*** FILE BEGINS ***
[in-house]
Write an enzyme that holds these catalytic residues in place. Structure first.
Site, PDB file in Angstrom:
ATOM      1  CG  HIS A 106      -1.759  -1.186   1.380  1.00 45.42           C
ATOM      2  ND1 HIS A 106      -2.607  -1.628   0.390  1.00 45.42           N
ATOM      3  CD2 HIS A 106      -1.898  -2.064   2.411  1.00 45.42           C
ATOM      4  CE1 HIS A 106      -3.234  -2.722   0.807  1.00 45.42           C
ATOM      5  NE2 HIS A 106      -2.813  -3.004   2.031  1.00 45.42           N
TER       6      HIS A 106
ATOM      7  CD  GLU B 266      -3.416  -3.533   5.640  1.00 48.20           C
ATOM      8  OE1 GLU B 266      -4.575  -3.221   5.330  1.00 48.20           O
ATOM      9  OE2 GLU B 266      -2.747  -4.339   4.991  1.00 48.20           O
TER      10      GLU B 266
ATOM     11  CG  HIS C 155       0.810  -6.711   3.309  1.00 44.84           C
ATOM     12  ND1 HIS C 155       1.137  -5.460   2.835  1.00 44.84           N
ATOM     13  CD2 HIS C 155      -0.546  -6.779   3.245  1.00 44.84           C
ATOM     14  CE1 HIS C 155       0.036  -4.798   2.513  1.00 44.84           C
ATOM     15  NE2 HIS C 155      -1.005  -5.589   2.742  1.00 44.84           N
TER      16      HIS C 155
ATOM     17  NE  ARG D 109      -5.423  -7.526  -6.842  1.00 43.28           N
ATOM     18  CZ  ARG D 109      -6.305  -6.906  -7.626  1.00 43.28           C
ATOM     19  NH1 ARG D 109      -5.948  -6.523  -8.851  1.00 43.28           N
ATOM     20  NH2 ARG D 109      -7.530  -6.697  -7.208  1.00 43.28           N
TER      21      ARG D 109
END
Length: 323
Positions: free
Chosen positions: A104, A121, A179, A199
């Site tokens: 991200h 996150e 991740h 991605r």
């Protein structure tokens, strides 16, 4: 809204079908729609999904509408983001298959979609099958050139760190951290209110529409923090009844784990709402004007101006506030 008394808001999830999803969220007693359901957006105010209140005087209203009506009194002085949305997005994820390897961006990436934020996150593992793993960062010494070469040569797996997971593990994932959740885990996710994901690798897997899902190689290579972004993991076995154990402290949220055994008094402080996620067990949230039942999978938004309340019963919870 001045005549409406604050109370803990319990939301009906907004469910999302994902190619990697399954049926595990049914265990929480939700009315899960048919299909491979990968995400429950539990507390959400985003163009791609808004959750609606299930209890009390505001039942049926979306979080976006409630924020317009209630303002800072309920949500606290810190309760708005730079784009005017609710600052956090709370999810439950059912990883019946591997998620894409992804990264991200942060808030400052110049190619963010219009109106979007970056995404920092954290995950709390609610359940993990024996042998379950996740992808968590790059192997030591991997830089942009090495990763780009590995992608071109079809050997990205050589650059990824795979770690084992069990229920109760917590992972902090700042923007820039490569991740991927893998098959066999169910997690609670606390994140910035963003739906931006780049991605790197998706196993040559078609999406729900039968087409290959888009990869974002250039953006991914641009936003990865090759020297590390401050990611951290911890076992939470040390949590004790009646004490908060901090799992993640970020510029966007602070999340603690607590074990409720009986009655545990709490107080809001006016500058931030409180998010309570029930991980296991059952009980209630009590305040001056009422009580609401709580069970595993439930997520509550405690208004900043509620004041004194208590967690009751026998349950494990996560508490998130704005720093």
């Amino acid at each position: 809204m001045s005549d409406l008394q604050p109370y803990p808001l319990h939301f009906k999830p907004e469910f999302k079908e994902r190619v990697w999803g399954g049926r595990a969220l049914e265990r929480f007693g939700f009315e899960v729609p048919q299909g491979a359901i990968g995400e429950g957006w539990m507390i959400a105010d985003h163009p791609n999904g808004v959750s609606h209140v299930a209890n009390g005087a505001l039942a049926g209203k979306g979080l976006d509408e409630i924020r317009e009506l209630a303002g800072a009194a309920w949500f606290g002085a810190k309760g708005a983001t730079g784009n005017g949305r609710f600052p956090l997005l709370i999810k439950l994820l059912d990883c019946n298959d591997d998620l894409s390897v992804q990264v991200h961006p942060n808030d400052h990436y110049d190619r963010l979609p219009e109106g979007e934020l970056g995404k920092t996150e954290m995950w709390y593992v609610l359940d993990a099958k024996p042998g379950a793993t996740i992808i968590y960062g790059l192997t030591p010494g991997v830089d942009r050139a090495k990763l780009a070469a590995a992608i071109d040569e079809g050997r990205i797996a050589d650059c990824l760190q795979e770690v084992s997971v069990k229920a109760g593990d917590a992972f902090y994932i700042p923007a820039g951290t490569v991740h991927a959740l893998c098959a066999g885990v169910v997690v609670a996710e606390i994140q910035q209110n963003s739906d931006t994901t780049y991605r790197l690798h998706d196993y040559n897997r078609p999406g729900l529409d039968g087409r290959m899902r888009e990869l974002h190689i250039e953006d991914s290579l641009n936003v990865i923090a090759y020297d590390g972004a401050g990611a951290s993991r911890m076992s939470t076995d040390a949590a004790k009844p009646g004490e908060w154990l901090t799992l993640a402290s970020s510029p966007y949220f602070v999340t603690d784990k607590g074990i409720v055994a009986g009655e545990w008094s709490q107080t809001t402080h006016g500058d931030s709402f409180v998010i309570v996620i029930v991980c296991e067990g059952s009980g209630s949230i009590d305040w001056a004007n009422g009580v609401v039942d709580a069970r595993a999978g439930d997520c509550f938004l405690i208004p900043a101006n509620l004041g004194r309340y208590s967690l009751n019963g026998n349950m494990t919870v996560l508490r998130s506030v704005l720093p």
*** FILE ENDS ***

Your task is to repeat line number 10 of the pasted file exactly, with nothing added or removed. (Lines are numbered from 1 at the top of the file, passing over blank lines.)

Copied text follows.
ATOM      7  CD  GLU B 266      -3.416  -3.533   5.640  1.00 48.20           C